You can click any of the photos to see a larger version.

My very modest postage stamp of a garden has been a great joy to me since we developed it from scratch. It has filled out and developed over the years into a haven of peace – the place I reward myself with time when I reach some deadline or the end of an especially tricky piece of work. I potter and tinker as I eat my lunch and work outside on every day the weather makes it possible.

I laughingly call it my ‘courtyard garden’. In reality, it started life as a typical yard to a Lancashire cottage – a walled patch of concrete, originally to house the outside facilities – and in more recent times, the bins.

There is a tale attached to the layout of our house and outside areas, which are pretty much back to front. It would be normal practice for houses to face the street and have their back yards on the side of the house furthest from the street, but our house is one of a collection of cottages, all slightly different, that housed the workers of the adjacent mill. Mine, the largest and end of a short row, is reputed to be the mill manager’s cottage. My yard and back door are on the street side and my ‘front’ door on what is the gable end.

When they were built, the owner of ‘our’ mill was in some sort of feud with the owner of an adjacent mill, who owned a very large domestic property of some status (in recent times it has been a nursing home) along from the row of mill workers’ cottages. In order to cause him maximum offence, our mill owner built the properties back to front, to ensure that the outside facilities and less attractive aspect of the houses faced the road, so that as his rival drove past to his large luxurious home in his carriage, he had to pass the back of the workers’ homes, offending his sensibilities.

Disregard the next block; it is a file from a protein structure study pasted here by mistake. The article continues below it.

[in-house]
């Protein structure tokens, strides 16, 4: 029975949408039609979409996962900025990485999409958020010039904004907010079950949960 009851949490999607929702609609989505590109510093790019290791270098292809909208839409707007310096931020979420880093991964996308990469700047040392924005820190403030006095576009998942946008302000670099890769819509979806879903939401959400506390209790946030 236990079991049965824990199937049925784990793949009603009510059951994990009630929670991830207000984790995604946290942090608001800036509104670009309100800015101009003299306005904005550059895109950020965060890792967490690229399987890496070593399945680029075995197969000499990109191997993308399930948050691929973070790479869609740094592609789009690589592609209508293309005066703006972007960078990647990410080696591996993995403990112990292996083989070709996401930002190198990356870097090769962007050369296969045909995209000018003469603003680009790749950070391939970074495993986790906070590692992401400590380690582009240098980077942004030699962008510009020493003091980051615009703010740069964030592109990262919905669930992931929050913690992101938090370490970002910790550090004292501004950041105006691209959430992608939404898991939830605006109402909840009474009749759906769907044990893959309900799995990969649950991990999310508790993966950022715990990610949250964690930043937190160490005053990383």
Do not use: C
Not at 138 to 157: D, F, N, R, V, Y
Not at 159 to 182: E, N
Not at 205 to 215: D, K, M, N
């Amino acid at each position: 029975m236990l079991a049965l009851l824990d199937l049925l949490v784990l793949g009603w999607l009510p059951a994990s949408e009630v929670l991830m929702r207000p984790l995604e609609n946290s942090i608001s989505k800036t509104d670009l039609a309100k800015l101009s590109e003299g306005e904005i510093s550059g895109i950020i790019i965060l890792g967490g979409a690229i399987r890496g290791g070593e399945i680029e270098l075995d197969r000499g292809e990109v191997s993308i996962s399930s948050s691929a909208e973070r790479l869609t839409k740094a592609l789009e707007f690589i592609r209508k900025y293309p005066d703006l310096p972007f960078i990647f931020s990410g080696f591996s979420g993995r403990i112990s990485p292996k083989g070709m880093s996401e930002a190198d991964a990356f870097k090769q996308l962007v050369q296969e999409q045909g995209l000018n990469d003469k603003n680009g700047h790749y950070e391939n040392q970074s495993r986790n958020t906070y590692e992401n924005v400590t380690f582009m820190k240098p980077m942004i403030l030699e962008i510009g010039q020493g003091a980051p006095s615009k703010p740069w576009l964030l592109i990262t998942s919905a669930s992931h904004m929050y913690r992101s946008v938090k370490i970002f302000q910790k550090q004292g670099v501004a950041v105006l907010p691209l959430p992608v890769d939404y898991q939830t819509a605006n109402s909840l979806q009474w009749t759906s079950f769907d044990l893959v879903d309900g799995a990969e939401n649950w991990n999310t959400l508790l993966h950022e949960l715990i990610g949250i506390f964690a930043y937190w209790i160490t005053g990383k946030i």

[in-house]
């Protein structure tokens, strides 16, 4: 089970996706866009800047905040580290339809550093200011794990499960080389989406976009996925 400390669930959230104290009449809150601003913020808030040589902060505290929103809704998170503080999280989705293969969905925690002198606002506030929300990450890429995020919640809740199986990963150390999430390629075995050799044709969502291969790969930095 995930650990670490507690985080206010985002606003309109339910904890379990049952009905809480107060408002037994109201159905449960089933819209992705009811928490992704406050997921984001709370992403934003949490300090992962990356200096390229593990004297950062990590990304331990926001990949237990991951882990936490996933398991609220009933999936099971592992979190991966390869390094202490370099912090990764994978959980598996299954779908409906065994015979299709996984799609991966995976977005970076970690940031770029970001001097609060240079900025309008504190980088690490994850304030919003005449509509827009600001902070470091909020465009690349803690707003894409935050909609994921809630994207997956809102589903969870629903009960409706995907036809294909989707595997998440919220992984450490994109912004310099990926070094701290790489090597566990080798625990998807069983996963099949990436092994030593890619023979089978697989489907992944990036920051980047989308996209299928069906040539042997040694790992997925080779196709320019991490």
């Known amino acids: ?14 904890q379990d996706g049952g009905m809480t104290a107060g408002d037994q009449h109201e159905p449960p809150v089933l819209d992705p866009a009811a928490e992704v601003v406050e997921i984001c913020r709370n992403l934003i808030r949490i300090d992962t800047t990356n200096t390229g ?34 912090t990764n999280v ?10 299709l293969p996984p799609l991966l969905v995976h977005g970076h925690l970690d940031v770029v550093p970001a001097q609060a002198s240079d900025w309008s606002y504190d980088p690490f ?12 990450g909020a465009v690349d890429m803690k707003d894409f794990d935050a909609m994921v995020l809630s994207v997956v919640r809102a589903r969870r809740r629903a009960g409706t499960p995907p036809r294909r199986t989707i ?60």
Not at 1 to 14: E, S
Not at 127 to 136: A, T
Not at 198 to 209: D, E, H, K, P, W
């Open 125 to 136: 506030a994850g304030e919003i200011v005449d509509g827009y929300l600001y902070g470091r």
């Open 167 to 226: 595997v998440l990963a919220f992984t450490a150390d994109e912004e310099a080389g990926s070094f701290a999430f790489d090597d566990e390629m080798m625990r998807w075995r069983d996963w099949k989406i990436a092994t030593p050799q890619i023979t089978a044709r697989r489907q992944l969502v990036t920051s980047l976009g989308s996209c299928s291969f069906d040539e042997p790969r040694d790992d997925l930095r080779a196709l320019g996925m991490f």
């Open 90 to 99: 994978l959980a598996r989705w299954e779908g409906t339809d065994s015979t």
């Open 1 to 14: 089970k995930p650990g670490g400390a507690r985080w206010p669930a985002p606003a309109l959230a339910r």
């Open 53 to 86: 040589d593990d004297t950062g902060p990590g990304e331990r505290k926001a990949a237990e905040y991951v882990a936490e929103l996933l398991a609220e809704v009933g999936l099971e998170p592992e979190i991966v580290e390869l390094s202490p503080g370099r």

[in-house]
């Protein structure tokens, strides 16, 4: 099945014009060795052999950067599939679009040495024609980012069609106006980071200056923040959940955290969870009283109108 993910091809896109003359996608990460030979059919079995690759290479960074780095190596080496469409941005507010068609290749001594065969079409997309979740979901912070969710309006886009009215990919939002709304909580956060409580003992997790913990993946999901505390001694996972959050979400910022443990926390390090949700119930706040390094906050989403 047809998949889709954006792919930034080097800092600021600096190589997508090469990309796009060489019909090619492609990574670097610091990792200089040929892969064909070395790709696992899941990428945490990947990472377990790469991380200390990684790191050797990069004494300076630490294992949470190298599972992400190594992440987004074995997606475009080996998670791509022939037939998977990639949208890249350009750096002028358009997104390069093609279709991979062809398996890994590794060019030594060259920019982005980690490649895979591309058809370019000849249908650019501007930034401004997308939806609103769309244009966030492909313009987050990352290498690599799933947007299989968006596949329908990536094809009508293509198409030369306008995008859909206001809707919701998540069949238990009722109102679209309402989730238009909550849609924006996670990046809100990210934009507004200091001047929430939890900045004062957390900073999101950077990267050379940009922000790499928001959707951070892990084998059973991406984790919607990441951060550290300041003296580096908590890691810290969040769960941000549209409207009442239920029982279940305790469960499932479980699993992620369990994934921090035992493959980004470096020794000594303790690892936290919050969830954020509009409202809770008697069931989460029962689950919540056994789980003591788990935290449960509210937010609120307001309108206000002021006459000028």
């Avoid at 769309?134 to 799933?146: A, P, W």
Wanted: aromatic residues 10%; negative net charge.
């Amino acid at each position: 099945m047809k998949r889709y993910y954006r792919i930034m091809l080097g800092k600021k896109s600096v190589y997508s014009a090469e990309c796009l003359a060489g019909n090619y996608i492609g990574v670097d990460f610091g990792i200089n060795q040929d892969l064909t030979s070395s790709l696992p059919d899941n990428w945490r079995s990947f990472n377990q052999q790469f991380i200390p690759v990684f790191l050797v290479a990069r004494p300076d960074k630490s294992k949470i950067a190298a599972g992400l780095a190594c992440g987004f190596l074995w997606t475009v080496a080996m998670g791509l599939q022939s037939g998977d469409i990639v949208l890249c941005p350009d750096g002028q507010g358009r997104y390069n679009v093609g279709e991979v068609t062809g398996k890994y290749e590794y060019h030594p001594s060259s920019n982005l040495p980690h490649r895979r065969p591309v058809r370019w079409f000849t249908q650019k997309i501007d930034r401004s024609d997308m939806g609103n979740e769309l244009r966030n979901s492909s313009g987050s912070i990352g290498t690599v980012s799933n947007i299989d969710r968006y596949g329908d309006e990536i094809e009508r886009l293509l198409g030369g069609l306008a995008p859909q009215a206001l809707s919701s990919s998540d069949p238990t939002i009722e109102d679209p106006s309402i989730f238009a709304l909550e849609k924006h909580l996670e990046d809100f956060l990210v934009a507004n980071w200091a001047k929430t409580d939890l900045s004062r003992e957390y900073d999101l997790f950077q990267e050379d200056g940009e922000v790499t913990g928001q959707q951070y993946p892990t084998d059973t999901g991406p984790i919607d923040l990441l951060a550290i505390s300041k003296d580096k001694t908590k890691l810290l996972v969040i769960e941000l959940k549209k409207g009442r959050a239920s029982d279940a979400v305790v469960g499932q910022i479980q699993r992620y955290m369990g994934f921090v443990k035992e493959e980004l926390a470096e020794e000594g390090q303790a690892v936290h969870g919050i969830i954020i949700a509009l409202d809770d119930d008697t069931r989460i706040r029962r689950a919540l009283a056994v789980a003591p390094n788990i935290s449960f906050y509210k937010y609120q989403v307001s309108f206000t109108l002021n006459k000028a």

Our cottage is a long thin stone built property of about 140 years old now. So the yard is long and thin too. We have our proper garden on the other side of the house, but the layout doesn’t make it as suitable to occupy, so I leave that as my bird garden – one to be viewed from inside and enjoyed through windows and my courtyard garden is the one we spend time in. Being fully walled it gives us more privacy and is a sheltered sun trap that has allowed it to thrive.

Due to unfortunate domestic circumstances, I’m not going to be able to spend any money on summer planting this year, or at least only the barest minimum. So I decided today to make the best of what we already have.

I’ve always kept a lot of evergreen plants and perennial greenery to supplement annual flowers, which ensures that it looks good and has interest all year. Which will come into its own this season when I can’t do so much summer planting. So we moved things around to fill gaps and re-potted things and gave it a good tidy and I was pretty happy with the results.

It’s at that exciting time when everything is waking up after winter and even supposedly ‘green’ shrubs develop little flowers and new growth races away. I took some photos – most of these below are of very small areas of growth, tiny little flowers at the end of shoots – some only a few millimeters in diameter. This is why I love taking photos of little things – you get to see detail that you just don’t see with the naked eye.

I was astonished to see that this little flower at the end of a growing shoot actually has striped petals on the back – why does nature bother to give it this detail?